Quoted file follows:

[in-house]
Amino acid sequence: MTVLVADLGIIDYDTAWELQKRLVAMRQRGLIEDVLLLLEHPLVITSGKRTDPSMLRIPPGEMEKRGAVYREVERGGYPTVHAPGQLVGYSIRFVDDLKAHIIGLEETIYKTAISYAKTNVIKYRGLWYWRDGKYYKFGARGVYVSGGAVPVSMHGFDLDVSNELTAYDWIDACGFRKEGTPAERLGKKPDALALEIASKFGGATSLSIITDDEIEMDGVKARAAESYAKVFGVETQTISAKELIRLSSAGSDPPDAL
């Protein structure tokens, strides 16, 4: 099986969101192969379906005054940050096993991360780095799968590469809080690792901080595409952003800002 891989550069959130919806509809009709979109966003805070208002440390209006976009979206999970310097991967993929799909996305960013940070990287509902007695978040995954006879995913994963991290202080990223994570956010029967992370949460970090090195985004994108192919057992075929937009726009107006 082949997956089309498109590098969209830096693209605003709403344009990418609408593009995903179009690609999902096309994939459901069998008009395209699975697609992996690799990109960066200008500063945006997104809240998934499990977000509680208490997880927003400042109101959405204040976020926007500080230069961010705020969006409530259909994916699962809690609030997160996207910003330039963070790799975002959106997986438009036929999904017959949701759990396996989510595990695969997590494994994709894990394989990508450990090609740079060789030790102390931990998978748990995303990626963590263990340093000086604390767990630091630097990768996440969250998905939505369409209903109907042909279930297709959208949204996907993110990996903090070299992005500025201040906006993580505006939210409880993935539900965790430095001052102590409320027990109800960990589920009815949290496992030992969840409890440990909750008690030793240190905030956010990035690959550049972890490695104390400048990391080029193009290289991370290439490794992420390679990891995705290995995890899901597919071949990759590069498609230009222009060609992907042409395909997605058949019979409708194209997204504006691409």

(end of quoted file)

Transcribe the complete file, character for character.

[in-house]
Amino acid sequence: MTVLVADLGIIDYDTAWELQKRLVAMRQRGLIEDVLLLLEHPLVITSGKRTDPSMLRIPPGEMEKRGAVYREVERGGYPTVHAPGQLVGYSIRFVDDLKAHIIGLEETIYKTAISYAKTNVIKYRGLWYWRDGKYYKFGARGVYVSGGAVPVSMHGFDLDVSNELTAYDWIDACGFRKEGTPAERLGKKPDALALEIASKFGGATSLSIITDDEIEMDGVKARAAESYAKVFGVETQTISAKELIRLSSAGSDPPDAL
């Protein structure tokens, strides 16, 4: 099986969101192969379906005054940050096993991360780095799968590469809080690792901080595409952003800002 891989550069959130919806509809009709979109966003805070208002440390209006976009979206999970310097991967993929799909996305960013940070990287509902007695978040995954006879995913994963991290202080990223994570956010029967992370949460970090090195985004994108192919057992075929937009726009107006 082949997956089309498109590098969209830096693209605003709403344009990418609408593009995903179009690609999902096309994939459901069998008009395209699975697609992996690799990109960066200008500063945006997104809240998934499990977000509680208490997880927003400042109101959405204040976020926007500080230069961010705020969006409530259909994916699962809690609030997160996207910003330039963070790799975002959106997986438009036929999904017959949701759990396996989510595990695969997590494994994709894990394989990508450990090609740079060789030790102390931990998978748990995303990626963590263990340093000086604390767990630091630097990768996440969250998905939505369409209903109907042909279930297709959208949204996907993110990996903090070299992005500025201040906006993580505006939210409880993935539900965790430095001052102590409320027990109800960990589920009815949290496992030992969840409890440990909750008690030793240190905030956010990035690959550049972890490695104390400048990391080029193009290289991370290439490794992420390679990891995705290995995890899901597919071949990759590069498609230009222009060609992907042409395909997605058949019979409708194209997204504006691409």